Thursday, October 26, 2017

Dying to give birth

Opioid use is indeed an emergency. So too is the rising mortality rate among pregnant women. Ground zero: Texas.*
A woman in the U.S., where the maternal death ratio more than doubled between 1987 and 2013, is more likely to die as a result of pregnancy-related causes than in 31 industrialized countries of the Organization for Economic Cooperation and Development, aside from Mexico.


There are various theories why — persistent poverty, large numbers of women without adequate health insurance, risk factors related to stress and discrimination. All come together here in Texas, with a twist that has become one of America’s most confounding public health problems: African American women are dying of pregnancy- and childbirth-related causes here at stunningly high rates.
The maternal death rate in Texas after 2010 reached “levels not seen in other U.S. states,” according to a report compiled for the American College of Obstetricians and Gynecologists, based on figures from the U.S. Centers for Disease Control.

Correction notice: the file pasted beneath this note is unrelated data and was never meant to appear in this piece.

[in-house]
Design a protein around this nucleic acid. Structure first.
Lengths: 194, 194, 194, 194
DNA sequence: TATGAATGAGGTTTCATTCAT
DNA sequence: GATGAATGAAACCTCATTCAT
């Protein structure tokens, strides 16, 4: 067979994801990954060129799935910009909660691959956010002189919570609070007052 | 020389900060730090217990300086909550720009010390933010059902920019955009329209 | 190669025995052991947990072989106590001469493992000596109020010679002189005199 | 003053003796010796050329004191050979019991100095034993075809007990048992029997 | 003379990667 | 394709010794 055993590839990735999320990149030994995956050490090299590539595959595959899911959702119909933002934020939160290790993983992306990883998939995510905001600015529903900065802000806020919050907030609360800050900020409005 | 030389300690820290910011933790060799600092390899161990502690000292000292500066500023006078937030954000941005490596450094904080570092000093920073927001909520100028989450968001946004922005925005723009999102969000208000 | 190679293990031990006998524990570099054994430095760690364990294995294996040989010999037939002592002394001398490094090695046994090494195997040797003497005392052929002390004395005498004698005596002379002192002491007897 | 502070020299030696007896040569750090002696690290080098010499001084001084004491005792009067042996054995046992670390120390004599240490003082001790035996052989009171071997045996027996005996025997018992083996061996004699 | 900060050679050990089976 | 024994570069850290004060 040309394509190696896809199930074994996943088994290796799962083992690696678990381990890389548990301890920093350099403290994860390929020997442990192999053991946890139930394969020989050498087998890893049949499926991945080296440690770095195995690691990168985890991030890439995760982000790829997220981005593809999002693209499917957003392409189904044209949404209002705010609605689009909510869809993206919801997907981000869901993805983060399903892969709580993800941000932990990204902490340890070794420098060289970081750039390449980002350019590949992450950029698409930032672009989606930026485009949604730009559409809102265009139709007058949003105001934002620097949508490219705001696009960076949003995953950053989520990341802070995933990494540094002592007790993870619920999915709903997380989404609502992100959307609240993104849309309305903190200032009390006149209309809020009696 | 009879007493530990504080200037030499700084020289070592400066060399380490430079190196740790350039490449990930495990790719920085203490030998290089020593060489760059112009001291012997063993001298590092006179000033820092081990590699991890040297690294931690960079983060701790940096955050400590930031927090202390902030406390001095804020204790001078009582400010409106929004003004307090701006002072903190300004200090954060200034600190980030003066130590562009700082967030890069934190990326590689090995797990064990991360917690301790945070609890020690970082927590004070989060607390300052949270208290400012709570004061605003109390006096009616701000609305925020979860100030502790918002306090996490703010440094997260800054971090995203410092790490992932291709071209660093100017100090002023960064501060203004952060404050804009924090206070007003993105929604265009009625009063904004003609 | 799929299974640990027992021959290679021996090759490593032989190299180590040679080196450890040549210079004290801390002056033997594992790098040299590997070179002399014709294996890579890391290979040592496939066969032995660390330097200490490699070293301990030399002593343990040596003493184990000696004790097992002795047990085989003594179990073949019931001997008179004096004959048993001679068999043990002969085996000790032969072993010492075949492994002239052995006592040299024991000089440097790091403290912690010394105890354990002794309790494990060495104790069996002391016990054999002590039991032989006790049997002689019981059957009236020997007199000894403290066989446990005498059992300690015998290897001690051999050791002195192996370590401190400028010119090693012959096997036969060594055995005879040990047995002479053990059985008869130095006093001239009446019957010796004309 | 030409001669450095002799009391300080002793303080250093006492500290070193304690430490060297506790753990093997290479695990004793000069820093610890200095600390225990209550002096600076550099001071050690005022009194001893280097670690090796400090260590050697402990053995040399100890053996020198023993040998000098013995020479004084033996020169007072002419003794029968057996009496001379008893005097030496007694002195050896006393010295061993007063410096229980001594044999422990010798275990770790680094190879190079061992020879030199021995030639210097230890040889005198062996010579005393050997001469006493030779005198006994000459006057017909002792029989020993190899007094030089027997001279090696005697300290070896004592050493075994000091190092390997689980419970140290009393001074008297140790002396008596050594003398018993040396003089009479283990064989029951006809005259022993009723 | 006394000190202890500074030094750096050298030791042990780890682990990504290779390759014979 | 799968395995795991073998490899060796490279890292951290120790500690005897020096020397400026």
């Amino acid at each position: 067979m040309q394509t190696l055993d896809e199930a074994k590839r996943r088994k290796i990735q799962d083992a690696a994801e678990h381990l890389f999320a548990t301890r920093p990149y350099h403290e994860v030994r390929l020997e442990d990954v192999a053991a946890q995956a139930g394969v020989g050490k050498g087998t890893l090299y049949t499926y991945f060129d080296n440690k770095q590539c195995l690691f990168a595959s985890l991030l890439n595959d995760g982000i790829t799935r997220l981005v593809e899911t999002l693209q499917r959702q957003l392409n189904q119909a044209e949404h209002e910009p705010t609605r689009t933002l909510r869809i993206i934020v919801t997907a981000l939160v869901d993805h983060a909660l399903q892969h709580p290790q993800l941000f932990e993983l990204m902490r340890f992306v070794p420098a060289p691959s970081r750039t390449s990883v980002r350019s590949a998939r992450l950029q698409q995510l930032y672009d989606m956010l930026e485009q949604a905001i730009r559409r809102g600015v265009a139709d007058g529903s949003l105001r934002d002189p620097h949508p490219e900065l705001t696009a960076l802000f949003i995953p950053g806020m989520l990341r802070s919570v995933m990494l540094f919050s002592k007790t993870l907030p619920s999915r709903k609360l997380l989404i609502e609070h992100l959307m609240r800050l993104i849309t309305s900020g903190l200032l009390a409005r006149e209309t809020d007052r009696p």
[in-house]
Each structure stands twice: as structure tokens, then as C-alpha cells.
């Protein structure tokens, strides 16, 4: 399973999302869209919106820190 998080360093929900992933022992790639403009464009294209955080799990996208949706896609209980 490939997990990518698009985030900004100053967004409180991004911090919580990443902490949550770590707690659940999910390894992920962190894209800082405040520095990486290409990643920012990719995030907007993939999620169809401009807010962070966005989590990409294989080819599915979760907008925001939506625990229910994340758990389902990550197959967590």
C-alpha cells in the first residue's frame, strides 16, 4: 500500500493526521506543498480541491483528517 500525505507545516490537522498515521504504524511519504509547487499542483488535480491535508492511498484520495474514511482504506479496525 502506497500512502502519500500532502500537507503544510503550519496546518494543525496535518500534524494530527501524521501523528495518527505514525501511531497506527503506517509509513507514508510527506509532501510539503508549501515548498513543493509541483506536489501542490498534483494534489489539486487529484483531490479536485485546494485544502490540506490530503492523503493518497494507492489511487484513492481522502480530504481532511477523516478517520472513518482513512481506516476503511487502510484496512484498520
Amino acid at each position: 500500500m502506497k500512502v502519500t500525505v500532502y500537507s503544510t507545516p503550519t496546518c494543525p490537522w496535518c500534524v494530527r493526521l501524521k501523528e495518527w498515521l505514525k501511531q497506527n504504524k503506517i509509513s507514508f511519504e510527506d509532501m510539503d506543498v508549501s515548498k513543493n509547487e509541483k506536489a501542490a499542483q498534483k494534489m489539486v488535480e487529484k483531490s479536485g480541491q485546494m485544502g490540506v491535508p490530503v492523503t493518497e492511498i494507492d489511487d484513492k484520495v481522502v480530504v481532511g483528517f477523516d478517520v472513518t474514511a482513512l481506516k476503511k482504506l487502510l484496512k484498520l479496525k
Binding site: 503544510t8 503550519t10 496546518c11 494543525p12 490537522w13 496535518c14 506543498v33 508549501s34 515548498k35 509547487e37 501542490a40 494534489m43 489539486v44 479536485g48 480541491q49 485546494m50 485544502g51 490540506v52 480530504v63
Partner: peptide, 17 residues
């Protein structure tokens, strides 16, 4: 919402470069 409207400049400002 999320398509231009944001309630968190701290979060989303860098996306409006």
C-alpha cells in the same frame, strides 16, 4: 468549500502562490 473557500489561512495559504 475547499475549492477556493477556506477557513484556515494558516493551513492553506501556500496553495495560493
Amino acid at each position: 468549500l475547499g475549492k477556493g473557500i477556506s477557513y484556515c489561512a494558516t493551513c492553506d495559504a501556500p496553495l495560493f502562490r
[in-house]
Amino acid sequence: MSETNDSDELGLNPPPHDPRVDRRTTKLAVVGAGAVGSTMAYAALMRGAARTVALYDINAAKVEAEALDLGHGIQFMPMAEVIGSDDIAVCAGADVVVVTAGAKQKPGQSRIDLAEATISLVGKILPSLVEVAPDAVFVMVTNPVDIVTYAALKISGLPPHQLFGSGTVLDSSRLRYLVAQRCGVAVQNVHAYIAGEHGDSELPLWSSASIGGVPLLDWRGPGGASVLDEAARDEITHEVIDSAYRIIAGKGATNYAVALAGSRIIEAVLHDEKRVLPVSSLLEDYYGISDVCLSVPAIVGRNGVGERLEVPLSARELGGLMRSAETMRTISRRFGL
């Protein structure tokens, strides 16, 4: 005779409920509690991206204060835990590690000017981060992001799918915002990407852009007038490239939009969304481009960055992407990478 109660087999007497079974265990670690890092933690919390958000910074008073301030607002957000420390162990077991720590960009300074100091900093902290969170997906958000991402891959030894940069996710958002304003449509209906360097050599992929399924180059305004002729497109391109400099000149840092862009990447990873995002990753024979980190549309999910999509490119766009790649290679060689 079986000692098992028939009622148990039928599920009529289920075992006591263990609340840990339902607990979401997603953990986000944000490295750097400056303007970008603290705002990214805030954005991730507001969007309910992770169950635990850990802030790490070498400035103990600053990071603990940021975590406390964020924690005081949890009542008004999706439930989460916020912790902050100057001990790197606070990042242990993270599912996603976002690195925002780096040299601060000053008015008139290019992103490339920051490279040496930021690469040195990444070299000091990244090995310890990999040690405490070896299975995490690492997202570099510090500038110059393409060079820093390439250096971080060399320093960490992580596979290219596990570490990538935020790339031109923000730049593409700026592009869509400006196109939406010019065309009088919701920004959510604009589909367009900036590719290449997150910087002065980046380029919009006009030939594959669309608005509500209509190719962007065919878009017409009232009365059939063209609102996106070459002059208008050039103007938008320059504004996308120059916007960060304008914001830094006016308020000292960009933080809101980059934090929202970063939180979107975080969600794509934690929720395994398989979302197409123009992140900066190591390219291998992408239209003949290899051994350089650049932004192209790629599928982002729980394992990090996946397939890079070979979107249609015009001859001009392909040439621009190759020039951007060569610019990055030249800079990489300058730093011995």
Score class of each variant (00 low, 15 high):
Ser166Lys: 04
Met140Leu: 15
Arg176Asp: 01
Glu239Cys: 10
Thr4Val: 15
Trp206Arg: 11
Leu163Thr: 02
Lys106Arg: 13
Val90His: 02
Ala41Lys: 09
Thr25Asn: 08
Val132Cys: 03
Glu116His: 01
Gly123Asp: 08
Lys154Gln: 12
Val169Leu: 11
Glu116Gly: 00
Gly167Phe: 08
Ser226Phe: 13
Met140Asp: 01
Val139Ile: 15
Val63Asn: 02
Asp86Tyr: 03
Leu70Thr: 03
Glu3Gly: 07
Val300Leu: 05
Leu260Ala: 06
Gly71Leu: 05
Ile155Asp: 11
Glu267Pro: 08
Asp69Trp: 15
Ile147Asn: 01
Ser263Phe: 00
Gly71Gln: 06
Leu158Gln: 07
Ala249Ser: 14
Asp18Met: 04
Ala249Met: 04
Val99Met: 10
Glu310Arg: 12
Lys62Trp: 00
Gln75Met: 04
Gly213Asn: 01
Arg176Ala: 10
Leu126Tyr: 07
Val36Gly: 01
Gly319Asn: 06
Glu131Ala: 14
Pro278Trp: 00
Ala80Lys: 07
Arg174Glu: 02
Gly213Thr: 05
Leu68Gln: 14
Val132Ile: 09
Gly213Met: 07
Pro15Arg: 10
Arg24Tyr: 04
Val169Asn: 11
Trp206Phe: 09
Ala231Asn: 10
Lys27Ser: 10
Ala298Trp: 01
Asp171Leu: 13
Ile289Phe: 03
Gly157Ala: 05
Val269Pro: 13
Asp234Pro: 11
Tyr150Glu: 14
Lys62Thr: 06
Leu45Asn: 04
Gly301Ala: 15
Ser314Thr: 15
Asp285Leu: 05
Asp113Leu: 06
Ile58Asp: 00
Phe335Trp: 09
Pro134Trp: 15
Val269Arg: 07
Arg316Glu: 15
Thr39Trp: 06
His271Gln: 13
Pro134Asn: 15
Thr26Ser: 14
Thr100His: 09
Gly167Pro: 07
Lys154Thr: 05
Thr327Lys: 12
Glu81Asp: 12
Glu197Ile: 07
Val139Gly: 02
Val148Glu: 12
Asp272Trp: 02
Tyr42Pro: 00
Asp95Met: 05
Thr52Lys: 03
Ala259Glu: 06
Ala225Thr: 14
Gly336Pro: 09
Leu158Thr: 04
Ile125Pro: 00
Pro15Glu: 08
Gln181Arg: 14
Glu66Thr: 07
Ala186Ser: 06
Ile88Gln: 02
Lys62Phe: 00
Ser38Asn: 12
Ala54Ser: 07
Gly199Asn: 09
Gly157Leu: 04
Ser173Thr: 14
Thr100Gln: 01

Black women in Texas are dying at the highest rates of all. A 2016 joint report by Texas’ Maternal Mortality and Morbidity Task Force and Department of State Health Services found that black mothers accounted for 11.4% of Texas births in 2011 and 2012, but 28.8% of pregnancy-related deaths.
* See this story about the correction of Texas data

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